Domestic photovoltaic systems, battery storage, and the economic impact of time-of-use electricity pricing

2013-10-31T09:28:06Z (GMT) by Eoghan McKenna Murray Thomson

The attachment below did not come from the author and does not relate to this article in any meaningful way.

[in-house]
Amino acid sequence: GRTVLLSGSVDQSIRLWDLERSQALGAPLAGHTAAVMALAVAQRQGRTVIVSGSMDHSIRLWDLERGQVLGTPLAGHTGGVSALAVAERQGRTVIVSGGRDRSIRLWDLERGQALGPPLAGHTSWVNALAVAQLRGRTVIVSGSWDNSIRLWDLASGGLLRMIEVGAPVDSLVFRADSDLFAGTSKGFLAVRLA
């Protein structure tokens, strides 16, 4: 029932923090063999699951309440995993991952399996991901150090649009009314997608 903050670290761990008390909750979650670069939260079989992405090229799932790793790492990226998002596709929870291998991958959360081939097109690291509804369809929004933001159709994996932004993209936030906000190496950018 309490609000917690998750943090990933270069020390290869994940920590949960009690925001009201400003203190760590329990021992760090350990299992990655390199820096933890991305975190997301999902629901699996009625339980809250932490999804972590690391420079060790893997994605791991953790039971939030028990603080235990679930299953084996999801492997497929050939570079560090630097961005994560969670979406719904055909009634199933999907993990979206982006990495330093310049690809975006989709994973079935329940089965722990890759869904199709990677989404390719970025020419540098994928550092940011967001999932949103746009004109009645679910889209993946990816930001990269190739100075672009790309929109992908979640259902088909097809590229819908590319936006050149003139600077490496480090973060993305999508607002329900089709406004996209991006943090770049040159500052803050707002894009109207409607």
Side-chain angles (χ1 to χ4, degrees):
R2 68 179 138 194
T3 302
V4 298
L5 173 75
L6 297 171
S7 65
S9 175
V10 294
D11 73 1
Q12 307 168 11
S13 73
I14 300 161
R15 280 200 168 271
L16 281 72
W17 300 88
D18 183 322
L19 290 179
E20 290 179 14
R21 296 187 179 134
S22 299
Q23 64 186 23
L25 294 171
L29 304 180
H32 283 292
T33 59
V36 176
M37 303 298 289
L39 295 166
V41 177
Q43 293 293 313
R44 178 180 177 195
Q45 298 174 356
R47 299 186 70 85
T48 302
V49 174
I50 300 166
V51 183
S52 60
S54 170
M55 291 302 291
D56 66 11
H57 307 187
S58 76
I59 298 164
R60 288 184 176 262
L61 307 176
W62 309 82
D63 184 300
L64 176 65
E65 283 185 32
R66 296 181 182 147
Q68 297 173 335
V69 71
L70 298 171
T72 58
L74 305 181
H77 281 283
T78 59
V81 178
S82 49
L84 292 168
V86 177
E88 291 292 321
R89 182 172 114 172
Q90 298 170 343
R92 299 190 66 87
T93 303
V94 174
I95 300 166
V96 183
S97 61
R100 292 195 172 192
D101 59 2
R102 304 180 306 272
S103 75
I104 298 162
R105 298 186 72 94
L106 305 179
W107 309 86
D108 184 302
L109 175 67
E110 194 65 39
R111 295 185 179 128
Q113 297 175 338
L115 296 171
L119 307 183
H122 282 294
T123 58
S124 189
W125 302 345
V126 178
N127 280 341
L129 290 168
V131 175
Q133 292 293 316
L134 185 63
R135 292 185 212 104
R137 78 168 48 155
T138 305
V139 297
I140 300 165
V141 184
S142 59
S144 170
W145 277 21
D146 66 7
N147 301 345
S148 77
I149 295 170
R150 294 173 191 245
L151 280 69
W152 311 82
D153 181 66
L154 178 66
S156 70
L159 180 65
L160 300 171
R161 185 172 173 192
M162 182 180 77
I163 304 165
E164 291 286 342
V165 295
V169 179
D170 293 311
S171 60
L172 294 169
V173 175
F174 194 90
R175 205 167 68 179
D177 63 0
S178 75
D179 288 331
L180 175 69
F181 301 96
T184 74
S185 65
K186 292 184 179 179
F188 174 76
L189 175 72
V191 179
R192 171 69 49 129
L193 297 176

Time-of-use electricity pricing is characterised by high 'peak' prices, generally throughout the day and evening, and low 'off-peak' prices, generally at night. Consumers can benefit from time-of-use pricing provided their ratio of peakto- off-peak electricity consumption is less than a ratio of the relative prices of the two tariffs. To alter their consumption ratio, consumers can time-shift their demand, known as demand response. Consumers with grid-connected PV systems, however, already have reduced net demand during the day-time peak, due to the PV generation. The first question of interest to this paper is whether consumers with PV systems would benefit financially from switching to timeof- use pricing even if they do not engage in demand response. There remains the concern, however, of high prices during the evening peak, when the PV is not generating. Consumers unwilling or unable to engage in demand response during these periods can install battery storage systems, which are charged during the day and discharged during the evening. Two additional questions are therefore: what is the additional financial benefit of battery storage to PV systems with time-ofuse pricing and are batteries financially viable for domestic consumers with PV? These questions are answered using data from real dwellings with PV in the UK and simulating power flows using a published lead-acid battery model. Economic impacts are measured for a range of time-of-use pricing tariffs from the UK and Ireland. Results indicate that PV has little effect on the financial benefit of time-of-use pricing with day period prices that are similar to the flat rate price. For tariffs where the day period price is greater than the flat rate price, PV improves the benefit, but not enough to make it an economic choice for the average consumer. Battery storage improves the financial return, but this is not enough to make the business case positive. Even using optimistic assumptions, such as lossless batteries and high electricity price increase, system costs need to be lowered by at least 33.5% for lead-acid systems, and 195% for lithium ion systems.